LONDON: African sport and French and Spanish football have lost three further outstanding personalities in the last days with the deaths of Jean-Claude Ganga, Pape Diouf and Gregorio Benito.

Ganga was nicknamed the “father of African sport” in the post-colonial era. The former Sports Minister of Congo-Brazzaville and president of the African Olympic Committee was 86.

He was a moving force behind the creation of African Games, staged initially ‘at home’ in 1965, and eventually rose to become a member of the International Olympic Committee.

In 1999, Ganga was one of six IOC members expelled after being caught up in the 2002 Salt Lake City Winter Games bidding scandal.

Pape Diouf . . .

Mababa ‘Pape’ Diouf, a victim of coronavirus at 68 in Dakar, had been the first black president of a major European football club, Marseille.

Born in Chad, his family moved back home to Senegal when he was a child and he eventually emigrated to France at 17.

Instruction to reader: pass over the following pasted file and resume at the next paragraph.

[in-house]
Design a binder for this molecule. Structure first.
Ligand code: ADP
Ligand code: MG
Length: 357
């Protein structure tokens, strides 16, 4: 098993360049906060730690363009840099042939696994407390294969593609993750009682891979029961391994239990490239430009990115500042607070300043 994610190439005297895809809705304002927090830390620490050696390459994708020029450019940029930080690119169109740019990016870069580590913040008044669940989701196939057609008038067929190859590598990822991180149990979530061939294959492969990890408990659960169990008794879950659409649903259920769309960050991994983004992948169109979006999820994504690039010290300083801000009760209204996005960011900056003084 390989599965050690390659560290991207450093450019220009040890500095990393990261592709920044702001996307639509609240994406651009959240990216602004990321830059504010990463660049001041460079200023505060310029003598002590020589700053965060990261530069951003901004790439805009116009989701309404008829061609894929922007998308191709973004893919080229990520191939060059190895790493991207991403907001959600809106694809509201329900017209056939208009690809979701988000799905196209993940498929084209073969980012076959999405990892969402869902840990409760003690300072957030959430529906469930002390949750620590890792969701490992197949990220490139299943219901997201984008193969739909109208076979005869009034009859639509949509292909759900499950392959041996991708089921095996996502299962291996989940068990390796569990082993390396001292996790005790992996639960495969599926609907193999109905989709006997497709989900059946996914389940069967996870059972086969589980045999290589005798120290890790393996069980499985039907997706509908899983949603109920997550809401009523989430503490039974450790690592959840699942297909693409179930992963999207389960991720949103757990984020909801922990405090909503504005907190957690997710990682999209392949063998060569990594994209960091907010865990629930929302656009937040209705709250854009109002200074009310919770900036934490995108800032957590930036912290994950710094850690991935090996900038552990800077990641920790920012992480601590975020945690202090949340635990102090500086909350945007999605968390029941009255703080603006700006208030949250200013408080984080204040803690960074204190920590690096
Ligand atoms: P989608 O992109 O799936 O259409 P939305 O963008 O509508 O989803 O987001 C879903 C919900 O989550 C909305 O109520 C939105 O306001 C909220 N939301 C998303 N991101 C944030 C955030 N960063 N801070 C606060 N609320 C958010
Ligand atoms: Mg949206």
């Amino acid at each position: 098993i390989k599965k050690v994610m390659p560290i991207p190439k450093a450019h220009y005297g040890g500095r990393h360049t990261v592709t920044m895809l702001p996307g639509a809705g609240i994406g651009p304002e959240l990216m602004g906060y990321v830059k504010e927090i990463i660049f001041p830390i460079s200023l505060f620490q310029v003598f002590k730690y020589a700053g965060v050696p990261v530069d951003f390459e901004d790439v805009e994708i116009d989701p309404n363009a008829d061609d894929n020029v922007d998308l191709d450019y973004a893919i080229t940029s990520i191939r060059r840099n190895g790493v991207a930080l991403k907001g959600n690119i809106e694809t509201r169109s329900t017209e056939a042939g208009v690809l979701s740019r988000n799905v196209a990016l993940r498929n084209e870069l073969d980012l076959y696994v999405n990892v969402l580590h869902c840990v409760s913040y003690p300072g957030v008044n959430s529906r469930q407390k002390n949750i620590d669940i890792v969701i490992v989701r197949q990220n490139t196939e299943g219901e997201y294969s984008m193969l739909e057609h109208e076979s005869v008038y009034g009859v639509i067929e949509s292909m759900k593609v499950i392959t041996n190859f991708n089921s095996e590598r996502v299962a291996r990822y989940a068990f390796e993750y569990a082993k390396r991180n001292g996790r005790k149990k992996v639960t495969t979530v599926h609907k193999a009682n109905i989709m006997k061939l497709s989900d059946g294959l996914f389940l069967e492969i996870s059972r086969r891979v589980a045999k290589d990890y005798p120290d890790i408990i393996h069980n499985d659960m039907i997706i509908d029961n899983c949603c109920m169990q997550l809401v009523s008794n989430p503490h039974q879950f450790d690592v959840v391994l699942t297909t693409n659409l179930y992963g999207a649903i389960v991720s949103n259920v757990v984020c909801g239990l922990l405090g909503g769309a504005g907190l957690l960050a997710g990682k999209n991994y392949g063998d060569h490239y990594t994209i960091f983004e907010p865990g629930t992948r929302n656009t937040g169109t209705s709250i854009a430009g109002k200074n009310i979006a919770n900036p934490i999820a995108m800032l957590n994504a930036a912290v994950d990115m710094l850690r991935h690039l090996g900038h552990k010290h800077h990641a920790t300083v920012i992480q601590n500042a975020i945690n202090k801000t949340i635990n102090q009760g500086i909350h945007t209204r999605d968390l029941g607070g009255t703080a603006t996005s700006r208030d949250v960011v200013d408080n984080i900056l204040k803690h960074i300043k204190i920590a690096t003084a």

Diouf gradiated in social science while starting work as a freelance journalist with La Marseillaise. Soon he was covering the local club which led him on to become an agent. Clients would include Marcel Desailly, Basile Boli, William Gallas, Samir Nasri, and Didier Drogba.

In 2005 Diouf became president of Marseille. In his four years at the helm they were French champions once and rnners-up twice as well as runners-up twice in the cup.

Gregorio Benito . . .

Gregorio ‘Goyo’ Benito, who has died aged 73, played 420 games at centre back for Real Madrid between 1969 and 1982.

Born in Puente del Arzobispo, Toledo, he was a national javelin champion at schools level before joining the Madrid football youth system at 16. He turned professional on August 4, 1969, and made his senior debut less than three months later against Real Sociedad in San Sebastián.

Benito, who went on to win six Spanish league titles and five cups, was later a high-profile supporter of Florentino Pérez when the latter first stood for the club presidency in 1982.

He was capped 22 times by Spain between 1971 and 1978.